How to Meditate on God Consciousness
“After you have settled in your asana, through the practice of either ajapa-gayatri anusandhana or cakrodaya anusandhana, then commences pranayama. By maintaining the constantly refreshed continuity of your awareness in the center of the two breaths you settle in your asana, and the movement of your breath becomes very subtle, very refined, as if thin. At this stage you feel like going to sleep, but it is not really sleep. You are proceeding towards the subtle state of awareness. Your awareness will not allow you to fall asleep. At this point you enter the fourth state-turya, which is neither the waking, the dreaming, nor the deep sleep state. This is the beginning of parama-spanda-tattva.
Shankaracarya has said:
“If you maintain your awareness at that point which is found between waking and sleeping you will be focused to that supreme felicity which is the supreme bliss of God Consciousness." (Shloka ashtaka.)
This is the point through which you pass in the fourth state (turya). It is that point, which is found at the ending of wake-fullness and the beginning of sleep, the point between waking and sleeping. This point or junction is very important, it is the entrance into the state of Turya, which has become open through settling in your asana and undergoing pranayama.
In this connection I have also composed these lines long ago:
“There is a point between sleep and waking
Where thou shalt be alert without shaking.
Enter into the New World where forms so hideous pass.
They are passing, endure, do not be taken by the dross.
Then the pulls and pushes about the throttle,
All those shalt thou tolerate.
Close all ingress and egress, yawnings there may be;
Shed tears, crave, implore and thou will not prostrate.
A thrill passes and that goes down to the bottom,
It riseth-may it bloom forth. That is Bliss.
Blessed Being! Blessed Being! O greetings be to thee!”
I have explained that there are two means for settling in your asana commencing with pranayama, i.e. ajapa-gayatri and cakrodaya. Asana must be understood to mean maintaining full repeatedly refreshed awareness on and in the center of the two breaths. Pranayama–the automatic refinement of the breath–takes place through settling your asana and results in gaining entry into Turya, the fourth state.
I have told you that settling in your asana through ajapa-gayatri is extremely difficult, if not well neigh impossible. I do not advise you, therefore, to pursue ajapa-gayatri. I suggest instead that you practice cakrodaya. In this practice there is real hope. It is practical.
In the practice of cakrodaya you must inhale and exhale in long breaths with sound. Long breaths do not occupy as much space in the movement of breath. Inhaling and exhaling quickly, in short breaths, occupies much more space. The longer the breath the less space it occupies; the less space it occupies the quicker the results.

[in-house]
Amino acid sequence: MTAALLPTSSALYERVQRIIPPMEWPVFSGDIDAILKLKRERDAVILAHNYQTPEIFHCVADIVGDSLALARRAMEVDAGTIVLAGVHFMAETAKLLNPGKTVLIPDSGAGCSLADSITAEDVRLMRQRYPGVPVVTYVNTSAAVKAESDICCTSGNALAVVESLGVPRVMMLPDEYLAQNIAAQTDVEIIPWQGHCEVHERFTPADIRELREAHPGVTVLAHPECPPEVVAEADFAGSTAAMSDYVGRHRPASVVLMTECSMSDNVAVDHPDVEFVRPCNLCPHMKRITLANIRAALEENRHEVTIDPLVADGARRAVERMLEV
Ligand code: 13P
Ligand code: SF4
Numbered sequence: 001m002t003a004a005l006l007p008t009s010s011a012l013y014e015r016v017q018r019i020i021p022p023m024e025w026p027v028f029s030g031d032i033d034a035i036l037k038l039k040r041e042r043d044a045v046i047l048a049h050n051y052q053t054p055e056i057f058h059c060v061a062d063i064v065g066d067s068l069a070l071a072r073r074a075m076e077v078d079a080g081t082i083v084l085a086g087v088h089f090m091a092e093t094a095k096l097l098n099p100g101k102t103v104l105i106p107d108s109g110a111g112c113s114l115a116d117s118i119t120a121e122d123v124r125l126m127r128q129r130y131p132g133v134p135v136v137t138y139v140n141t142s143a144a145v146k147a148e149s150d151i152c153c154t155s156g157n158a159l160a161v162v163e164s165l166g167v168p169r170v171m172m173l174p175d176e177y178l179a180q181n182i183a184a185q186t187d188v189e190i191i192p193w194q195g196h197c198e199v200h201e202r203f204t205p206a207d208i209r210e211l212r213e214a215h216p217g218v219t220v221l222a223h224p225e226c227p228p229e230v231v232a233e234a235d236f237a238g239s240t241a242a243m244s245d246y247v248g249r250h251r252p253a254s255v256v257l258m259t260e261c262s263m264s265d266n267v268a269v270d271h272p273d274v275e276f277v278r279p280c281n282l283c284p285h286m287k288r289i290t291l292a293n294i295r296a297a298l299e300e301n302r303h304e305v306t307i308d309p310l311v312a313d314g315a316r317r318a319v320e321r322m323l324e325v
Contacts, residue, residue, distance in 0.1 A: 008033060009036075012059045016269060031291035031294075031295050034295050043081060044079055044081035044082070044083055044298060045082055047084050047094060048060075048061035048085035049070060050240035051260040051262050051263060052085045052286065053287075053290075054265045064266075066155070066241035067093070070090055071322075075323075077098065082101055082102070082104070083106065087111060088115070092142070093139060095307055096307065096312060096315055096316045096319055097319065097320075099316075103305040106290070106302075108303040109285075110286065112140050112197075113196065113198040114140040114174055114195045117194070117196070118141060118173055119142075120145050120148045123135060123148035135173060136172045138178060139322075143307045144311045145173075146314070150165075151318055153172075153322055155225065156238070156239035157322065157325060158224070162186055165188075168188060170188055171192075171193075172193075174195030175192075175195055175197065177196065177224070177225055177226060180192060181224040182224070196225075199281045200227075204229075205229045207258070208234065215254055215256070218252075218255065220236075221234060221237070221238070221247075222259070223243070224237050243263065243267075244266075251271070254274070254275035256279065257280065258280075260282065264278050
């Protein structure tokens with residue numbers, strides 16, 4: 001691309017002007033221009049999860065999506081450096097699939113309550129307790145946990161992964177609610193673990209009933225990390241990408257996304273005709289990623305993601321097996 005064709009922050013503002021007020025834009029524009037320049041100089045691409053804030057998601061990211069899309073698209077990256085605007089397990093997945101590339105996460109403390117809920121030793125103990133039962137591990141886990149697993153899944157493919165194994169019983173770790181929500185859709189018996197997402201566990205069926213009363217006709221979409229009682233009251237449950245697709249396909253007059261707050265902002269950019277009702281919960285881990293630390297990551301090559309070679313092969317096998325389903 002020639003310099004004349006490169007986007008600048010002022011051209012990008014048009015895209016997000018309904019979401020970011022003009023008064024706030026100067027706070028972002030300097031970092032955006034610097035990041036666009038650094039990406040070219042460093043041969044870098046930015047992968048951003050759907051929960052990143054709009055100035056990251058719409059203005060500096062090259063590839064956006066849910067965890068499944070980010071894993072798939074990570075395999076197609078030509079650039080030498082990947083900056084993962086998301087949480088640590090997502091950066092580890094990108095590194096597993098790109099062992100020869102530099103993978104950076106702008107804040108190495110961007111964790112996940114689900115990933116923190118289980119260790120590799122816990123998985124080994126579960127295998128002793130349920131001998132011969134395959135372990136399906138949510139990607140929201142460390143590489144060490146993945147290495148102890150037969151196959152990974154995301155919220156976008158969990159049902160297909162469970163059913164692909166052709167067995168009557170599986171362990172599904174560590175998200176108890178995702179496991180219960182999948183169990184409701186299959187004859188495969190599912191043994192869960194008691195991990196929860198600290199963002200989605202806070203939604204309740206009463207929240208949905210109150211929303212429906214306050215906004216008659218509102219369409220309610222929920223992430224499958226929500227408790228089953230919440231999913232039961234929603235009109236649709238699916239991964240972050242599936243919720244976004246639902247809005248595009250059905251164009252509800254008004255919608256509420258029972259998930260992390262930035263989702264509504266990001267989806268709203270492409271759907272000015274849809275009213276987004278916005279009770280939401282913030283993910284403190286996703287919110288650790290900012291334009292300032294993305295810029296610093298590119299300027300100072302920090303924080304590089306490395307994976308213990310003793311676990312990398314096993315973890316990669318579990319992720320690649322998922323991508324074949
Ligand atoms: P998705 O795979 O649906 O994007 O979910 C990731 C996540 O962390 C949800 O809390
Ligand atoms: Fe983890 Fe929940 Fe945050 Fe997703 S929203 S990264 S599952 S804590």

“By decreasing the span of your breathing by just one tuti you will become omniscient and omnipotent." (Kallata)
The movement of breath occupies sixteen tutis; from its internal beginning point at the heart to its external ending point, the dvadashanta. One tuti is equivalent to the space occupied by 2-1/4 fingers laid side by side. At certain times the breath may occupy 17 tutis. When you are being chased by a tiger, for example, and are very much afraid and running very fast, the breath occupies more space.
In the practice of cakrodaya the breath is to occupy a minimum of space. At the time of practice you must be able to hear the sound of the inhaling and exhaling breath. The sound of your breathing should be loud enough so that even those sitting near you can hear it.
There are two understandings of how cakrodaya is to be practiced. Some say, “that the breath is to be inhaled and exhaled by the throat.” Others say, “that the breath is to be inhaled and exhaled by the heart.” Those that say that the breath should be inhaled and exhaled by the heart are wrong. It is a very dangerous and deadly procedure to adopt. To practice in this manner will produce such powerful and intense heat that the heart will be adversely effected and severely damaged. You will die in as short a time as a few weeks. The practice of cakrodaya, therefore, must be practiced by inhaling and exhaling by the throat, not by the heart.
When, through the practice of cakrodaya, your asana is established, your breath (prana) becomes more refined, more subtle, as if thinner. At this point begins pranayama. As I told you previously, you might, at that time, feel that you are on the verge of sleep, but your 'awareness' will not allow you to sleep. You may nod, but you will not be allowed to sleep, your 'awareness' will see to that. As I have explained, you will enter instead into that state called simply, turya–the fourth state. It is neither wakefulness, dreaming, nor deep sleep. In reality it exists in the junction between any of these three states, i.e. between waking and dreaming, between dreaming and deep sleep, and between deep sleep and waking.”